DEATH OF MALLS 2*
note: many thanks, GL in CA, for the very interesting letter and the donation.
GB in TN, much appreciate the donation and kind words ( the wording was a bit vague to me-was the entire amount a donation or did you want some books also? Please e-mail me to clarify ).
You want to know why bookstores are going under? It isn’t because of the Internet selling cheaper. There used to be and still are mail order companies selling even cheaper books. Anyone can order bulk and sell at razor thin margins if your business model is functional. No, what made Amazon a success was its customer reviews. You want made for mass consumption lowest common denominator sixth grade reading level New York Bestsellers List drivel? A book store sells all those at reasonable prices. Do you want other readers to tell you which ones were great and which were crap, AND in your preferred niche? You buy at Amazon. Low prices are just a bonus. The main selling point is that you don’t want to waste your money. Low prices just mean you spend the same amount on extra books. But, you aren’t buying crap you don’t want to read! THAT is why Amazon rocks. As money gets tighter because the elites keep raising the costs on monopoly businesses, you want each discretionary dollar to buy more. A bookstore that tries to duplicate the atmosphere of a mall will still, sooner or later, go out of business.
Indoor malls were perfect for what they did. Entertain to encourage shopping. But it was a very expensive entertainment, wasn’t it? The fast food was more expensive, the clothing was more expensive, the movie tickets were extra. And all that wasn’t so bad when they started. By building at the level they did, the increased costs for the building and the maintenance for the artificial environment was shifted to enough individual stores that the cost was easily born by the consumer. By building up, parking and space was cheaper. That partially compensated for the indoor temperature control, the security personnel, the cleaners and the management. The rest was a minor burden gladly shared by the consumer for the extra benefits. But as time went on, the customer burden kept rising. Taxes, property values artificially increased by the real estate bubble, the cost of wages and electricity. And at the same time, over-competition.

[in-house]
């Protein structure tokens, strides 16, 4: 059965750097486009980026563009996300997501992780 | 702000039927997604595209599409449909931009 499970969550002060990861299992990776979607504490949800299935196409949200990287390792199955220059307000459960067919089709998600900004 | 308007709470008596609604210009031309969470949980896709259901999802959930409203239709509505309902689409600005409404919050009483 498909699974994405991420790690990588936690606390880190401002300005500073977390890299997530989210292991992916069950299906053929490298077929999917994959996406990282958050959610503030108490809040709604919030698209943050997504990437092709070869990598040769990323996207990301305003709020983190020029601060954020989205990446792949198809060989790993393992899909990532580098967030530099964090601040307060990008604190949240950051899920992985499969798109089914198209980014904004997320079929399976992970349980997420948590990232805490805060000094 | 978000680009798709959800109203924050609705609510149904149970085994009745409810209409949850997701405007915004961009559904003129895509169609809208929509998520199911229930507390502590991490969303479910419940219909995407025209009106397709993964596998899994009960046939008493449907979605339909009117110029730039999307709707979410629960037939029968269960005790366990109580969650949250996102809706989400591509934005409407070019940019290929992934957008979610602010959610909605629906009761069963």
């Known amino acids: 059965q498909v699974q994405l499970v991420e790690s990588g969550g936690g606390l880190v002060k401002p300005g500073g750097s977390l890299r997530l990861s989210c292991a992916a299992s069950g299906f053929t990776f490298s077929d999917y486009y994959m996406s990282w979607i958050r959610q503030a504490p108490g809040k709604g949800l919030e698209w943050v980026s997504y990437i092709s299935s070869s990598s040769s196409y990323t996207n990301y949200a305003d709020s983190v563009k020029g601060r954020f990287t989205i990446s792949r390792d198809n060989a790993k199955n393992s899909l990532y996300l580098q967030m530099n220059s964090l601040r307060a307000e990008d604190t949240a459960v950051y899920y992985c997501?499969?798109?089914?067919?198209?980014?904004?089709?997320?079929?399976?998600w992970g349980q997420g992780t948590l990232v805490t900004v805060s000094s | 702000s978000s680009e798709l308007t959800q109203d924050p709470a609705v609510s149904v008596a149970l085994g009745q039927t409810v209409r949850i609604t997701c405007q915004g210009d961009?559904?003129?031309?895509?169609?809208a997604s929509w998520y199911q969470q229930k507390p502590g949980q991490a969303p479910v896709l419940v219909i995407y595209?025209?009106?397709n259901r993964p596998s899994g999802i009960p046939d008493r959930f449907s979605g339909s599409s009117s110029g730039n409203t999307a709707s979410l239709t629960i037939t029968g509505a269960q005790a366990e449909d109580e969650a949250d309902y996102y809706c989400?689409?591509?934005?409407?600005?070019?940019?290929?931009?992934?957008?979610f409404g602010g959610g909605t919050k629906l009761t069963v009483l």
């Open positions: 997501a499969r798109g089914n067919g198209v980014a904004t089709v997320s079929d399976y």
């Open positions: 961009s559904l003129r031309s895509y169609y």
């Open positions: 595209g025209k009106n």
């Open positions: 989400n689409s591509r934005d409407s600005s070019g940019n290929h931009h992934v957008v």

When you have an indoor mall, originally, you had a diversity of retail establishments. Granted, the bulk was clothing. Girls were the main customer. But then, as clothing manufacture moved over to China, there was a brief period when clothes were THE number one profit product. Huge mark-ups. So, like the brainless lemmings that they are, CEO’s all moved to clothing ( exemplified by Sears going from everything you needed to live to basically just clothing ). So many moved to clothing that everyone started looking the same. It almost didn’t matter where you shopped, you got the same clothes. So, is it any wonder the malls with their increased operating costs lost out on sales to slightly less expensive non-mall stores? Which brings us to Big Box stores. Those are also suffering now, the same as indoor malls, and for the same reason. All clothes and high costs, but at the time of their rising popularity twenty years ago they offered the price alternative to the indoor malls enough folks wanted.